The great trouble of traveling in Europe, or indeed of traveling anywhere, is that you can never catch romance. No sooner are you in any place than being there seems the most natural, matter — of — fact occurrence in the world. Nothing looks foreign or strange to you. You take your tea and your dinner, eat, drink, and sleep as aforetime, and scarcely realize where you are or what you are seeing. But Venice is an exception to this state of things; it is all romance from beginning to end, and never ceases to seem strange and picturesque.

It was a rainy evening when our cars rumbled over the long railroad bridge across the lagoon that leads to the station. Nothing but flat, dreary swamps, and then the wide expanse of sea on either side. The cars stopped, and the train, being a long one, left us a little out of the station. We got out in a driving rain, in company with flocks of Austrian soldiers, with whom the third-class cars were filled. We went through a long passage, and emerged into a room where all nations [305] seemed commingling; Italians, Germans, French, Austrians, Orientals, all in wet weather trim.

Soon, however, the news was brought that our baggage was looked out and our gondolas ready.

The first plunge under the low, black hood of a gondola, especially of a rainy night, has something funereal in it. Four of us sat cowering together, and looked, out of the rain-dropped little windows at the sides, at the scene. Gondolas of all sizes were gliding up and down, with their sharp, fishy-looking prows of steel pushing their ways silently among each other, while gondoliers shouted and jabbered, and made as much confusion in their way as terrestrial hackmen on dry land. Soon, however, trunks and carpet-bags being adjusted, we pushed off, and went gliding away up the Grand Canal, with a motion so calm that we could scarce discern it except by the moving of objects on shore. Venice, la belle, appeared to as much disadvantage as a beautiful woman bedraggled in a thunder-storm.

Lake Como.

We stayed in Venice five days, and during that time saw all the sights that it could enter the head of a valet-de-place to afflict us with. It is an affliction, however, for which there is no remedy, because you want to see the things, and would be very sorry if you went home without having done so. Front Venice we went to Milan to see the cathedral and Leonardo da Vinci's “Last supper.” The former is superb, and of the latter I am convinced, from the little that remains of it, that it was the greatest picture the world ever saw. We shall run back to Rome for Holy Week, and then to Paris.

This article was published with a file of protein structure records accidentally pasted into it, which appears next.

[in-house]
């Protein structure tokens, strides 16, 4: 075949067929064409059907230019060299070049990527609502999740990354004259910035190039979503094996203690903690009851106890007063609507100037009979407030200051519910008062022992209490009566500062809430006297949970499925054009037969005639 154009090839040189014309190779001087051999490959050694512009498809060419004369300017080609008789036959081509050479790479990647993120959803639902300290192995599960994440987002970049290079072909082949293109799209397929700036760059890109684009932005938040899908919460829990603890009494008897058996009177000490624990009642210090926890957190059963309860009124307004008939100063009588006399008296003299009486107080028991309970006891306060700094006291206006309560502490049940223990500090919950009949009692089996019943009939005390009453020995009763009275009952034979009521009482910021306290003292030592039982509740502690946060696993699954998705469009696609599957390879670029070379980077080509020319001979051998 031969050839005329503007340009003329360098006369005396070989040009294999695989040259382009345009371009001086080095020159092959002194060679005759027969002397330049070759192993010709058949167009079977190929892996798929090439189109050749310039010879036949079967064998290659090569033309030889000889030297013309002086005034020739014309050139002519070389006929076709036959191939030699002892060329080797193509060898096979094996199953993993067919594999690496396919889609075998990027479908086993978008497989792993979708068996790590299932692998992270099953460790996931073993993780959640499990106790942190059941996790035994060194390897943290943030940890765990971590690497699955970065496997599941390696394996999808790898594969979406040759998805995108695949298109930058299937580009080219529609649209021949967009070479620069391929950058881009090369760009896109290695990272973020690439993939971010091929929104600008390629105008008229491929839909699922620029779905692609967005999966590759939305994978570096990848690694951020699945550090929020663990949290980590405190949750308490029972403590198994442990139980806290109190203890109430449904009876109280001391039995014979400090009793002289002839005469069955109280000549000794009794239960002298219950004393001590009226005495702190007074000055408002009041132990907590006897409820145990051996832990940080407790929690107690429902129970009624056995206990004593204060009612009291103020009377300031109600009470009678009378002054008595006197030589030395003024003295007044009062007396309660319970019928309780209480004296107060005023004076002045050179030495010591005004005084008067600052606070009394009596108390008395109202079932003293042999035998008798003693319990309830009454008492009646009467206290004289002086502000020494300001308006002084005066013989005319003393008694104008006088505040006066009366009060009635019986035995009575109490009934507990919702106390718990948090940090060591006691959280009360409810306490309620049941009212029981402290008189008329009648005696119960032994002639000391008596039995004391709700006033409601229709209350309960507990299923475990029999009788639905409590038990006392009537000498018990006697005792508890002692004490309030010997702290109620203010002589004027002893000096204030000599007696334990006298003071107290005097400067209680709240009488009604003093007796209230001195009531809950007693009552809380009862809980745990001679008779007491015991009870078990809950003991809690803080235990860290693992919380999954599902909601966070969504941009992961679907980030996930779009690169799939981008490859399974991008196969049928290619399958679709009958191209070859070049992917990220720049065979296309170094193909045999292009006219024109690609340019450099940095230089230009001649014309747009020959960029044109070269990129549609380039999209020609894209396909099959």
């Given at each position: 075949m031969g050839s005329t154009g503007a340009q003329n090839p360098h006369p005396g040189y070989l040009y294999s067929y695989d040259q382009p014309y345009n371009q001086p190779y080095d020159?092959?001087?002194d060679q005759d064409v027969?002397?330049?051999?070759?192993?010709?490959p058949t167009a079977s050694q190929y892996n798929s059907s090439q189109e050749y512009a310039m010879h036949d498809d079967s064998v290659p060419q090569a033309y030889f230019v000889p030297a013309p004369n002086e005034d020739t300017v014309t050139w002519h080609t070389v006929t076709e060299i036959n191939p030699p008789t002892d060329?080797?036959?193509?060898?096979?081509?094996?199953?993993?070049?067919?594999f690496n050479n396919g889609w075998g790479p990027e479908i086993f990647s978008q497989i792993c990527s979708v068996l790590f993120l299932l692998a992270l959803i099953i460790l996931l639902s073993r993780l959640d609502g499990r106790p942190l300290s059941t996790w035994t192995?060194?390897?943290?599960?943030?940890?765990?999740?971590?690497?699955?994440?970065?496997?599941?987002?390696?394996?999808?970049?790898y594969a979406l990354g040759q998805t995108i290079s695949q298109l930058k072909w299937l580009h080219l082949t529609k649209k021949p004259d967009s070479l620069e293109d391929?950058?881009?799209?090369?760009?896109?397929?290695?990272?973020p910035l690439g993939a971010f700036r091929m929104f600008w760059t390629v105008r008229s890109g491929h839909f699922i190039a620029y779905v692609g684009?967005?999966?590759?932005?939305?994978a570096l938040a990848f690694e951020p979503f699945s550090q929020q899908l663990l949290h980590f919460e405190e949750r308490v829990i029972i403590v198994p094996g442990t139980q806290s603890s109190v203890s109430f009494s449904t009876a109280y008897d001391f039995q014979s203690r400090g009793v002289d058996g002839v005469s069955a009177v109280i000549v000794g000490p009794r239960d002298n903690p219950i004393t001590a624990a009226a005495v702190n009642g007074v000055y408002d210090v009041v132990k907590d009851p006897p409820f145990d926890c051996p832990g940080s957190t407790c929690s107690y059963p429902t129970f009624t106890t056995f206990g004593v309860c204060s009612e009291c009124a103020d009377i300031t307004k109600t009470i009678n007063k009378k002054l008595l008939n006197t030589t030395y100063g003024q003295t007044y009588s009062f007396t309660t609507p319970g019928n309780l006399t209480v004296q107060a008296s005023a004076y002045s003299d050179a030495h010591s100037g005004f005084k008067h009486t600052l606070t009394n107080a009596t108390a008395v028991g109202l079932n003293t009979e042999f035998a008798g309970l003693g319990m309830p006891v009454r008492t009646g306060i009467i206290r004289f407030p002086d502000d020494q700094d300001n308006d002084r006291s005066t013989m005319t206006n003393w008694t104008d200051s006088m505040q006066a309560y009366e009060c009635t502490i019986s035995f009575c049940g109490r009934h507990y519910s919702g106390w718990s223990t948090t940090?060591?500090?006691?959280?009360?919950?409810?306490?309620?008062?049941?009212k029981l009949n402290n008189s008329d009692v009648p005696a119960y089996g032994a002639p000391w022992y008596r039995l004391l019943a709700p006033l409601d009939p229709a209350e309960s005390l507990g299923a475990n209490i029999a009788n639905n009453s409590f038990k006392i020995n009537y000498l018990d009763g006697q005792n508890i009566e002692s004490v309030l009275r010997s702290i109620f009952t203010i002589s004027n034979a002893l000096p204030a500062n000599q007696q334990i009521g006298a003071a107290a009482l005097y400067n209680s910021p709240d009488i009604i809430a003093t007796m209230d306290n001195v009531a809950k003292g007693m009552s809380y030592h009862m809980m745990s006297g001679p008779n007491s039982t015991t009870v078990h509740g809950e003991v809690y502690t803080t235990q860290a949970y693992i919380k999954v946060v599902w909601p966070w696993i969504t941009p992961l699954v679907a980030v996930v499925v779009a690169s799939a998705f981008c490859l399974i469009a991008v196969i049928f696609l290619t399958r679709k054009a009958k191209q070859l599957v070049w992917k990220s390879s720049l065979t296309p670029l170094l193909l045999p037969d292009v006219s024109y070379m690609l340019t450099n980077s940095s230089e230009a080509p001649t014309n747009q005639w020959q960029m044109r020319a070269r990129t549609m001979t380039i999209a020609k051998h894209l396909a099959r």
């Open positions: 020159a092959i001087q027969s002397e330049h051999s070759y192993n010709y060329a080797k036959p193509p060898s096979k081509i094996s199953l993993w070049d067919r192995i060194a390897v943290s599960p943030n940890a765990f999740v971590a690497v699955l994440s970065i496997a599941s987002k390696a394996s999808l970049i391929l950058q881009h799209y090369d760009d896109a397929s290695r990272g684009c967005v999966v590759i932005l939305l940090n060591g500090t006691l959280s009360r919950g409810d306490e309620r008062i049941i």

From Lake Como we came back here for Holy Week, and now it is over.

“ What do you think of it?”

Certainly no thoughtful or sensitive person, no person impressible either through the senses or the religious feelings, can fail to feel it deeply.

In the first place, the mere fact of the different nations of the earth moving, so many of them, with one accord, to so old and venerable a city, to celebrate the death and resurrection of Jesus, is something in itself affecting. Whatever dispute there may be about the other commemorative feasts of Christendom, the time of this epoch is fixed unerringly by the Jews' Passover. That great and solemn feast, therefore, stands as an historical monument to mark the date of the most important and thrilling events which this world ever witnessed.

When one sees the city filling with strangers, pilgrims arriving on foot, the very shops decorating themselves in expectancy, every church arranging its services, the prices even of temporal matters raised by the crowd and its demands, he naturally thinks, Wherefore, why is all this? and he must be very careless indeed if it do not bring to mind, in a more real way than before, that at this very time, so many years ago, Christ and his apostles were living actors in the scenes thus celebrated to-day.